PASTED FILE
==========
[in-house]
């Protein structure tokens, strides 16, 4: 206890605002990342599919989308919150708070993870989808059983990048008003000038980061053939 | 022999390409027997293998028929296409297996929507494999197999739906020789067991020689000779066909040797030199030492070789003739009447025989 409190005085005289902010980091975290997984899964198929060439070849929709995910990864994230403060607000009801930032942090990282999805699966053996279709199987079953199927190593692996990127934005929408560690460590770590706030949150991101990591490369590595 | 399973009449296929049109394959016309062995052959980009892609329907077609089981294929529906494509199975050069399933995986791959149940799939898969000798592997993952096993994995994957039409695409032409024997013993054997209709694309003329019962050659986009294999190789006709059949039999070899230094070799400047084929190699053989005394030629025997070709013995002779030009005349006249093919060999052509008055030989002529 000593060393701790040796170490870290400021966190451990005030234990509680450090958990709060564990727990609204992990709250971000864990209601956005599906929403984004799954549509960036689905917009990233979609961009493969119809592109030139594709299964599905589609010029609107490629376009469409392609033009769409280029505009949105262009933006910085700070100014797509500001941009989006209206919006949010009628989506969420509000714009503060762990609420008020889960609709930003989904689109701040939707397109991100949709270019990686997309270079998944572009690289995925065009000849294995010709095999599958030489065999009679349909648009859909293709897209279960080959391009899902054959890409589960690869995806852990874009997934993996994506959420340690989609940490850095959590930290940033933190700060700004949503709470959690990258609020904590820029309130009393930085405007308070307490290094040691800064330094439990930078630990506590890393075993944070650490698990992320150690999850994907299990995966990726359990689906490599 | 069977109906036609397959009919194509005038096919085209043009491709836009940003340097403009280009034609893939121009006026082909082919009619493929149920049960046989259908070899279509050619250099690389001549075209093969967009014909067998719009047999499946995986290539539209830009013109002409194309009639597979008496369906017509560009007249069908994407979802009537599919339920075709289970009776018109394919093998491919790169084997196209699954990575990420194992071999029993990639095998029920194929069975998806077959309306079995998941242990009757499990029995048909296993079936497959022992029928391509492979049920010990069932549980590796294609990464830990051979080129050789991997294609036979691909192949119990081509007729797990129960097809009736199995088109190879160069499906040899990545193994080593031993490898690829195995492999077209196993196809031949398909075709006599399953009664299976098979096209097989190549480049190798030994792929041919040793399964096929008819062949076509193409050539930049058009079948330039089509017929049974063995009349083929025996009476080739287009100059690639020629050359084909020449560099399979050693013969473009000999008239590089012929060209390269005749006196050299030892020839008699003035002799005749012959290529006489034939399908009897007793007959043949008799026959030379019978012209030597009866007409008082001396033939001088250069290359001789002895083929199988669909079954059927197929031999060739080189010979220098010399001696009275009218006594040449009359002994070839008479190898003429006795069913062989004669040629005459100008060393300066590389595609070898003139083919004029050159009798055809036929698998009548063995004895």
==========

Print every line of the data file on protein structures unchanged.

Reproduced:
[in-house]
């Protein structure tokens, strides 16, 4: 206890605002990342599919989308919150708070993870989808059983990048008003000038980061053939 | 022999390409027997293998028929296409297996929507494999197999739906020789067991020689000779066909040797030199030492070789003739009447025989 409190005085005289902010980091975290997984899964198929060439070849929709995910990864994230403060607000009801930032942090990282999805699966053996279709199987079953199927190593692996990127934005929408560690460590770590706030949150991101990591490369590595 | 399973009449296929049109394959016309062995052959980009892609329907077609089981294929529906494509199975050069399933995986791959149940799939898969000798592997993952096993994995994957039409695409032409024997013993054997209709694309003329019962050659986009294999190789006709059949039999070899230094070799400047084929190699053989005394030629025997070709013995002779030009005349006249093919060999052509008055030989002529 000593060393701790040796170490870290400021966190451990005030234990509680450090958990709060564990727990609204992990709250971000864990209601956005599906929403984004799954549509960036689905917009990233979609961009493969119809592109030139594709299964599905589609010029609107490629376009469409392609033009769409280029505009949105262009933006910085700070100014797509500001941009989006209206919006949010009628989506969420509000714009503060762990609420008020889960609709930003989904689109701040939707397109991100949709270019990686997309270079998944572009690289995925065009000849294995010709095999599958030489065999009679349909648009859909293709897209279960080959391009899902054959890409589960690869995806852990874009997934993996994506959420340690989609940490850095959590930290940033933190700060700004949503709470959690990258609020904590820029309130009393930085405007308070307490290094040691800064330094439990930078630990506590890393075993944070650490698990992320150690999850994907299990995966990726359990689906490599 | 069977109906036609397959009919194509005038096919085209043009491709836009940003340097403009280009034609893939121009006026082909082919009619493929149920049960046989259908070899279509050619250099690389001549075209093969967009014909067998719009047999499946995986290539539209830009013109002409194309009639597979008496369906017509560009007249069908994407979802009537599919339920075709289970009776018109394919093998491919790169084997196209699954990575990420194992071999029993990639095998029920194929069975998806077959309306079995998941242990009757499990029995048909296993079936497959022992029928391509492979049920010990069932549980590796294609990464830990051979080129050789991997294609036979691909192949119990081509007729797990129960097809009736199995088109190879160069499906040899990545193994080593031993490898690829195995492999077209196993196809031949398909075709006599399953009664299976098979096209097989190549480049190798030994792929041919040793399964096929008819062949076509193409050539930049058009079948330039089509017929049974063995009349083929025996009476080739287009100059690639020629050359084909020449560099399979050693013969473009000999008239590089012929060209390269005749006196050299030892020839008699003035002799005749012959290529006489034939399908009897007793007959043949008799026959030379019978012209030597009866007409008082001396033939001088250069290359001789002895083929199988669909079954059927197929031999060739080189010979220098010399001696009275009218006594040449009359002994070839008479190898003429006795069913062989004669040629005459100008060393300066590389595609070898003139083919004029050159009798055809036929698998009548063995004895």